I was riding my bike down a logging road to go kayaking and I came around the corner. There were a couple deer in the road. They were totally uninterested in me, staring down the hill. I thought “that’s odd.” I gave them a minute, then tootled the horn on my Tiny E-bike. They bolted into the woods.

I continued down the road and saw a few more deer in the clear cut to the right boogieing away from the road.

After I went around the corner, I thought “there’s someone behind me.” I stopped and turned around and there was a cougar about 40′ away in the bushes sitting down, staring at me. I calmly got off my bike and grabbed my pepper spray and tested it off to the side of where I was standing.

I’m guessing because of my age she didn’t have much interest in me. I did some aggressive bear posturing and huffing.
No Effect, same blank quizzical stare.

I threw some rocks, she stared at me even more quizzically.

Then I tootled my bike horn non stop, Beeeeeeeeeeeeep!!!!
Success! If you’re obnoxious enough no one wants to be around you.

Later, I stirred up a yellow jacket nest, and maced the shit out of them (And Myself). That shit would be tasty on some tacos!
Not the yellow jackets though….”

It started me thinking about what I would do if I ran into a cougar (which could very likely happen) when Dudley and I do our evening slough walk back into the woods across from my house. I found a good sturdy branch that had fallen alongside the road and then a few giant skunk cabbage leaves where we turn around. I know that if we ran into a predator, I would most likely have to be the defender…especially since Dudley loves everyone and everything. So I fashioned my impromptu costume out of two giant skunk cabbage leaves and a big stick. I think we will be good if we run into a cougar, probably get the same reaction my brother did 😀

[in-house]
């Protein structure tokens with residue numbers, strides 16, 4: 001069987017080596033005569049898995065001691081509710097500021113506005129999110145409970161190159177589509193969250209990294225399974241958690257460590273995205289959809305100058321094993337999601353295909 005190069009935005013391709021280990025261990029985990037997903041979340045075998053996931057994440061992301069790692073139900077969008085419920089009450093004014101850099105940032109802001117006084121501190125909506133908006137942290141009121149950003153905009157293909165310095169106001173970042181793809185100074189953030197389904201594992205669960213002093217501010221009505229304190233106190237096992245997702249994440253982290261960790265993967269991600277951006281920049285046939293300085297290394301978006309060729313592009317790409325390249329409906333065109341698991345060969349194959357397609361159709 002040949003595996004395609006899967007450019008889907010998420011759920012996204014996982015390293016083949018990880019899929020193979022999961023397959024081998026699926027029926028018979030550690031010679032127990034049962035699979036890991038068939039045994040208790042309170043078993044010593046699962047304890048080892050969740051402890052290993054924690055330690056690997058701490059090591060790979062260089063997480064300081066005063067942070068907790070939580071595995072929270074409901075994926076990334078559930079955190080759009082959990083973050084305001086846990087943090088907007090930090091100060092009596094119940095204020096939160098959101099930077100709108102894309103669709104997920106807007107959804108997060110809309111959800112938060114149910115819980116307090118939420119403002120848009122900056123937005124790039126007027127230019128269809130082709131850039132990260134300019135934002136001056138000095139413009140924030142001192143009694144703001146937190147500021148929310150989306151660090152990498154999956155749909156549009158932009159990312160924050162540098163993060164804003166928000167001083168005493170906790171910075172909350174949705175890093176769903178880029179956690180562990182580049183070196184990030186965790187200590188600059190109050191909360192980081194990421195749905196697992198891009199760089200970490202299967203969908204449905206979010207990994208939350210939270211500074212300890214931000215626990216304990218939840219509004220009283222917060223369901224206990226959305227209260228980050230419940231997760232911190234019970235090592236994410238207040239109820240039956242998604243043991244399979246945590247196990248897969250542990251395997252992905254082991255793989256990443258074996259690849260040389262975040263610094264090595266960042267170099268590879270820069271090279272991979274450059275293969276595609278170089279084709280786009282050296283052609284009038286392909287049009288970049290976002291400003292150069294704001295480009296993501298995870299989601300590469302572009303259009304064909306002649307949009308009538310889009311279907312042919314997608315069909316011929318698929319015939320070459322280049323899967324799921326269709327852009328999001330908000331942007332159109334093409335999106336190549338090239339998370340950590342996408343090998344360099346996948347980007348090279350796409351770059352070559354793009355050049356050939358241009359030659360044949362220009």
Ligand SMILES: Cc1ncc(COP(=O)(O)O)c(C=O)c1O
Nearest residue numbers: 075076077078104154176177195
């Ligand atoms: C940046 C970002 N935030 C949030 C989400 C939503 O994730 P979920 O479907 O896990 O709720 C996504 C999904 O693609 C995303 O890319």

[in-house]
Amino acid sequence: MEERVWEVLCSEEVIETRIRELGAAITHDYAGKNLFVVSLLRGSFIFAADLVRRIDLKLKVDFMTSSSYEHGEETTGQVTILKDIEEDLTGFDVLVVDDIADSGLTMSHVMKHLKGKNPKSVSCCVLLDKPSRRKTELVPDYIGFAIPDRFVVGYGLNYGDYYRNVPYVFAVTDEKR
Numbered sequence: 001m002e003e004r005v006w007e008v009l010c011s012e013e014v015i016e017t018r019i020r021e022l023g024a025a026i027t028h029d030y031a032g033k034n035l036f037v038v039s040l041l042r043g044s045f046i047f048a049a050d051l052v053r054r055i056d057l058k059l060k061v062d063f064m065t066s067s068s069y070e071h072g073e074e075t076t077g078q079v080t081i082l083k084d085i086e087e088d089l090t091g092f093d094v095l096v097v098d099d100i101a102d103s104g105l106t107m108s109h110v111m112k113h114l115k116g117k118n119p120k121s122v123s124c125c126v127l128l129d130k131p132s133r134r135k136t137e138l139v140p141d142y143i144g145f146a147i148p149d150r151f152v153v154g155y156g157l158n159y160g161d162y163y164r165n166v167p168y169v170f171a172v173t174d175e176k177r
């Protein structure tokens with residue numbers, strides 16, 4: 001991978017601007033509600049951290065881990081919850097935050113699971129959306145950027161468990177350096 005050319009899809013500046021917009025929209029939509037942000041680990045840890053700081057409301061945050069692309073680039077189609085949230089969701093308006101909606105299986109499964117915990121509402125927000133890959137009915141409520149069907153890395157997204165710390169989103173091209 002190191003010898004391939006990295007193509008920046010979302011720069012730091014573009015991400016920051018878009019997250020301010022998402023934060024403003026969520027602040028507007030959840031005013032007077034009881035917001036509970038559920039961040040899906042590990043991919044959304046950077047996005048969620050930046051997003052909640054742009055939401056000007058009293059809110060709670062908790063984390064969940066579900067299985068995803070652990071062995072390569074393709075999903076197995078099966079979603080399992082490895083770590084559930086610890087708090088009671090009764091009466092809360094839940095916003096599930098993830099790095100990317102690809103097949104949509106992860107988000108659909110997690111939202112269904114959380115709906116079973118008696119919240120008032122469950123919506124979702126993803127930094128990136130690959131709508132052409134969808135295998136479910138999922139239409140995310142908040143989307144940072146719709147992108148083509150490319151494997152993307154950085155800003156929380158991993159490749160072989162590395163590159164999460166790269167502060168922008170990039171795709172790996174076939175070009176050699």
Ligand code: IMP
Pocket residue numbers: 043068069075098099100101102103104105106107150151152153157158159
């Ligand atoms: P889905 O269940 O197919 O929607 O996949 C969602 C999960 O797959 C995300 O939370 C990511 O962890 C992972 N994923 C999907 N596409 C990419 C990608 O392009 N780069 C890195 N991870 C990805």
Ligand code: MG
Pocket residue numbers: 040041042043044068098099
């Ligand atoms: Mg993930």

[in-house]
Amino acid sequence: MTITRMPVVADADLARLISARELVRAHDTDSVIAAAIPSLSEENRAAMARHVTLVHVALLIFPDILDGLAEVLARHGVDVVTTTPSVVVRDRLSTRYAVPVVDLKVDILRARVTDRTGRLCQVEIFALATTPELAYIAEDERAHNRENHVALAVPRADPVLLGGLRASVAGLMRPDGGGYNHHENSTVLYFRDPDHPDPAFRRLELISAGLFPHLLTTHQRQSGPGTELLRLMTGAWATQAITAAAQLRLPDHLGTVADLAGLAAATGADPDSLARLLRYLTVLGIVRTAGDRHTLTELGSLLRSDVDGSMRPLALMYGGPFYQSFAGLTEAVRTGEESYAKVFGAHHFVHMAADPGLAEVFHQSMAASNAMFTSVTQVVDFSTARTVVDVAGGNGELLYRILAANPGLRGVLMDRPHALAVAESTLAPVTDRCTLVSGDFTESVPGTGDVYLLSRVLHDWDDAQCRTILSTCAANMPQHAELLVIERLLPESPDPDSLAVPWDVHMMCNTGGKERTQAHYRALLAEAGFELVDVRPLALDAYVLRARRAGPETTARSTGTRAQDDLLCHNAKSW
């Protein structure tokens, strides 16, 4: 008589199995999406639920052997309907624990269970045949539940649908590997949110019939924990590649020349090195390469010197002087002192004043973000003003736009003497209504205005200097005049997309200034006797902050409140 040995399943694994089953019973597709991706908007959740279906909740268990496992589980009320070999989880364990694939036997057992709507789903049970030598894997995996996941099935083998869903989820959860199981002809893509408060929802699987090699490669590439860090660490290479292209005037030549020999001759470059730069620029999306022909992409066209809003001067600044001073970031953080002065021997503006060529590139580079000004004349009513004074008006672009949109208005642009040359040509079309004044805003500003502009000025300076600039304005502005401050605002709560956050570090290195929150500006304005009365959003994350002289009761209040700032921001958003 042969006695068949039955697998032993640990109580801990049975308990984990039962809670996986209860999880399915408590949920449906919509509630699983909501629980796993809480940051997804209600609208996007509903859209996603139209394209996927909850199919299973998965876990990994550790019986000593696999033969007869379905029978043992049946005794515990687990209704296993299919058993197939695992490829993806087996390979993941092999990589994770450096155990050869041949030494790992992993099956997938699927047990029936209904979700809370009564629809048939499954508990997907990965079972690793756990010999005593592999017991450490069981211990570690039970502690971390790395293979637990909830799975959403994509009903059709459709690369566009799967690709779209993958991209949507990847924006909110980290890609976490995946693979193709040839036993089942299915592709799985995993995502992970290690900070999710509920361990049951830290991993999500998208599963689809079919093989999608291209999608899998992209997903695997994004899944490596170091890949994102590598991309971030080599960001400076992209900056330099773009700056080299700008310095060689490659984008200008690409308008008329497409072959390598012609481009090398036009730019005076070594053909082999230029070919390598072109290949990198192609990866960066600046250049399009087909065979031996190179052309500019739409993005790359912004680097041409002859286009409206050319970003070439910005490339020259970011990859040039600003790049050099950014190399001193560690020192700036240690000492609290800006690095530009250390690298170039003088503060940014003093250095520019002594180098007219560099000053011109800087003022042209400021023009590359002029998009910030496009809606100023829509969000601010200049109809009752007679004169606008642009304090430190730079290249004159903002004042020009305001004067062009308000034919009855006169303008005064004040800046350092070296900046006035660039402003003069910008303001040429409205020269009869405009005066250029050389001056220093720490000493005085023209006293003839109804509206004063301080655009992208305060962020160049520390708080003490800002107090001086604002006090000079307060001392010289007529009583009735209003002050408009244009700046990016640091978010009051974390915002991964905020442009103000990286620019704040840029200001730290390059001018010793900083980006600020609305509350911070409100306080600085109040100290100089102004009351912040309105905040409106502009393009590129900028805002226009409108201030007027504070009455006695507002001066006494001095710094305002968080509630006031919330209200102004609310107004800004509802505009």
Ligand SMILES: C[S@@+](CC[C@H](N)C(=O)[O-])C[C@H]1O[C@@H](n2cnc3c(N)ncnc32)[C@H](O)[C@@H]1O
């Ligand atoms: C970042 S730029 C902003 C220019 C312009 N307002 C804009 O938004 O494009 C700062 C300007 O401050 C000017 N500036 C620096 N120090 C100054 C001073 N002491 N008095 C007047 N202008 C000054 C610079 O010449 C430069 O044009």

I have discovered now that the blackberries are getting ripe, I can pick blackberries while Dudley decided to take a break…so I will need to bring along a blackberry container as well. I can leave that by the blackberry bushes since they are closer to the house but my “walking stick” can’t be left along the slough as my neighbors will pick it up for firewood on their evening walk. A few years back, my husband was leaving sticks in the road back into the woods so he could see if cars were going back there. The sticks kept disappearing and he was convinced that Bigfoot was stealing them. Turns out it was the neighbors who were picking up our sticks and using them in their fireplace. My neighbor said “there was just this perfect little pile of sticks along the road”

Living out in the woods, it’s all about improvisation. My other neighbor was telling me about a yellowjacket trap he saw on youtube that he’s going to try out. chicken cutlets attached to a board and then flipped over a tub filled with water just below where the chicken cutlets are with a little dish soap added to the water. Apparently the guy that tested his homemade trap got 700 wasps as opposed to the 200 that the store bought traps caught.